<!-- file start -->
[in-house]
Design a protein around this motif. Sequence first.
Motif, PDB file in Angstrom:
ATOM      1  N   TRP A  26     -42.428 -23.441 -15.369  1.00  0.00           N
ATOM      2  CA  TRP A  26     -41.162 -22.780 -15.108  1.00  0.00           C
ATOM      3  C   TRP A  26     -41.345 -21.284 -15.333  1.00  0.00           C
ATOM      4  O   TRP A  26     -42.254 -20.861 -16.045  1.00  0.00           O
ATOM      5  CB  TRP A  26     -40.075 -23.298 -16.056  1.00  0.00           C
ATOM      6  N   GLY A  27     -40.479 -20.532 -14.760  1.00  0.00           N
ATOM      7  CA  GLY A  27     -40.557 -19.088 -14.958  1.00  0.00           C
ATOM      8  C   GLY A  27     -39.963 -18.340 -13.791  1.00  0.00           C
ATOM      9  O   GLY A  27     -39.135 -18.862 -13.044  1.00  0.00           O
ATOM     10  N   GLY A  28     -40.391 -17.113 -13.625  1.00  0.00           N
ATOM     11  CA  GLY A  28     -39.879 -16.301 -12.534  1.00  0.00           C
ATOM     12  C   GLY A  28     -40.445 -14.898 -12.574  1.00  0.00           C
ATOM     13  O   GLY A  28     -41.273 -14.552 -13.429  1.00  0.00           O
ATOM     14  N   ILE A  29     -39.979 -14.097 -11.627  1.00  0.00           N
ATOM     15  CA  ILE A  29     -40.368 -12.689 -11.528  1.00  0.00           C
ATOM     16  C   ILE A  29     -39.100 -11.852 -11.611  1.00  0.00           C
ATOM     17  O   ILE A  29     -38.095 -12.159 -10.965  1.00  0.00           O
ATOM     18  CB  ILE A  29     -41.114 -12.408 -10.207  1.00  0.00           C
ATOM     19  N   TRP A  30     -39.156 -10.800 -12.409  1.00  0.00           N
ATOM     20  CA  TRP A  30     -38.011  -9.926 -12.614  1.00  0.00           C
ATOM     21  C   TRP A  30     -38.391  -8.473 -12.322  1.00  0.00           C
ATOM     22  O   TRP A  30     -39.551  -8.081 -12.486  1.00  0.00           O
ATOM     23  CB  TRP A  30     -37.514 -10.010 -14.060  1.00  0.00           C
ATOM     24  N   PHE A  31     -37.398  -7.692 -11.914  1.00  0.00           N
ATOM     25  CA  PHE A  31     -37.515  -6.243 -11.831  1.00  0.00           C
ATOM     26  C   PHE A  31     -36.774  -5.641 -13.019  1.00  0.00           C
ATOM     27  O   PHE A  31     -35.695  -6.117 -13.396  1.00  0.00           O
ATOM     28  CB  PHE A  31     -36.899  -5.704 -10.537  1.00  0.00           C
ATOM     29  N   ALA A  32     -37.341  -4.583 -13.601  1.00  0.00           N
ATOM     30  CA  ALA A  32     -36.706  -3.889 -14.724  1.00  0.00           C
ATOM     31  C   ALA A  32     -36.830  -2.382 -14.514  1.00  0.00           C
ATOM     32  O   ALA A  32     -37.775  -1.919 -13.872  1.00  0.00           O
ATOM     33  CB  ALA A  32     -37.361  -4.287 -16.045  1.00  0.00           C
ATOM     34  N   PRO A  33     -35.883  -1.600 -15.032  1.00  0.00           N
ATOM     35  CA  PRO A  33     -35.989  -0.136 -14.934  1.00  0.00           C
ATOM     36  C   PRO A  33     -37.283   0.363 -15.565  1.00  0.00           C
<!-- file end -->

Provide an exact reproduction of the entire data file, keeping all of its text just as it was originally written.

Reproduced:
[in-house]
Design a protein around this motif. Sequence first.
Motif, PDB file in Angstrom:
ATOM      1  N   TRP A  26     -42.428 -23.441 -15.369  1.00  0.00           N
ATOM      2  CA  TRP A  26     -41.162 -22.780 -15.108  1.00  0.00           C
ATOM      3  C   TRP A  26     -41.345 -21.284 -15.333  1.00  0.00           C
ATOM      4  O   TRP A  26     -42.254 -20.861 -16.045  1.00  0.00           O
ATOM      5  CB  TRP A  26     -40.075 -23.298 -16.056  1.00  0.00           C
ATOM      6  N   GLY A  27     -40.479 -20.532 -14.760  1.00  0.00           N
ATOM      7  CA  GLY A  27     -40.557 -19.088 -14.958  1.00  0.00           C
ATOM      8  C   GLY A  27     -39.963 -18.340 -13.791  1.00  0.00           C
ATOM      9  O   GLY A  27     -39.135 -18.862 -13.044  1.00  0.00           O
ATOM     10  N   GLY A  28     -40.391 -17.113 -13.625  1.00  0.00           N
ATOM     11  CA  GLY A  28     -39.879 -16.301 -12.534  1.00  0.00           C
ATOM     12  C   GLY A  28     -40.445 -14.898 -12.574  1.00  0.00           C
ATOM     13  O   GLY A  28     -41.273 -14.552 -13.429  1.00  0.00           O
ATOM     14  N   ILE A  29     -39.979 -14.097 -11.627  1.00  0.00           N
ATOM     15  CA  ILE A  29     -40.368 -12.689 -11.528  1.00  0.00           C
ATOM     16  C   ILE A  29     -39.100 -11.852 -11.611  1.00  0.00           C
ATOM     17  O   ILE A  29     -38.095 -12.159 -10.965  1.00  0.00           O
ATOM     18  CB  ILE A  29     -41.114 -12.408 -10.207  1.00  0.00           C
ATOM     19  N   TRP A  30     -39.156 -10.800 -12.409  1.00  0.00           N
ATOM     20  CA  TRP A  30     -38.011  -9.926 -12.614  1.00  0.00           C
ATOM     21  C   TRP A  30     -38.391  -8.473 -12.322  1.00  0.00           C
ATOM     22  O   TRP A  30     -39.551  -8.081 -12.486  1.00  0.00           O
ATOM     23  CB  TRP A  30     -37.514 -10.010 -14.060  1.00  0.00           C
ATOM     24  N   PHE A  31     -37.398  -7.692 -11.914  1.00  0.00           N
ATOM     25  CA  PHE A  31     -37.515  -6.243 -11.831  1.00  0.00           C
ATOM     26  C   PHE A  31     -36.774  -5.641 -13.019  1.00  0.00           C
ATOM     27  O   PHE A  31     -35.695  -6.117 -13.396  1.00  0.00           O
ATOM     28  CB  PHE A  31     -36.899  -5.704 -10.537  1.00  0.00           C
ATOM     29  N   ALA A  32     -37.341  -4.583 -13.601  1.00  0.00           N
ATOM     30  CA  ALA A  32     -36.706  -3.889 -14.724  1.00  0.00           C
ATOM     31  C   ALA A  32     -36.830  -2.382 -14.514  1.00  0.00           C
ATOM     32  O   ALA A  32     -37.775  -1.919 -13.872  1.00  0.00           O
ATOM     33  CB  ALA A  32     -37.361  -4.287 -16.045  1.00  0.00           C
ATOM     34  N   PRO A  33     -35.883  -1.600 -15.032  1.00  0.00           N
ATOM     35  CA  PRO A  33     -35.989  -0.136 -14.934  1.00  0.00           C
ATOM     36  C   PRO A  33     -37.283   0.363 -15.565  1.00  0.00           C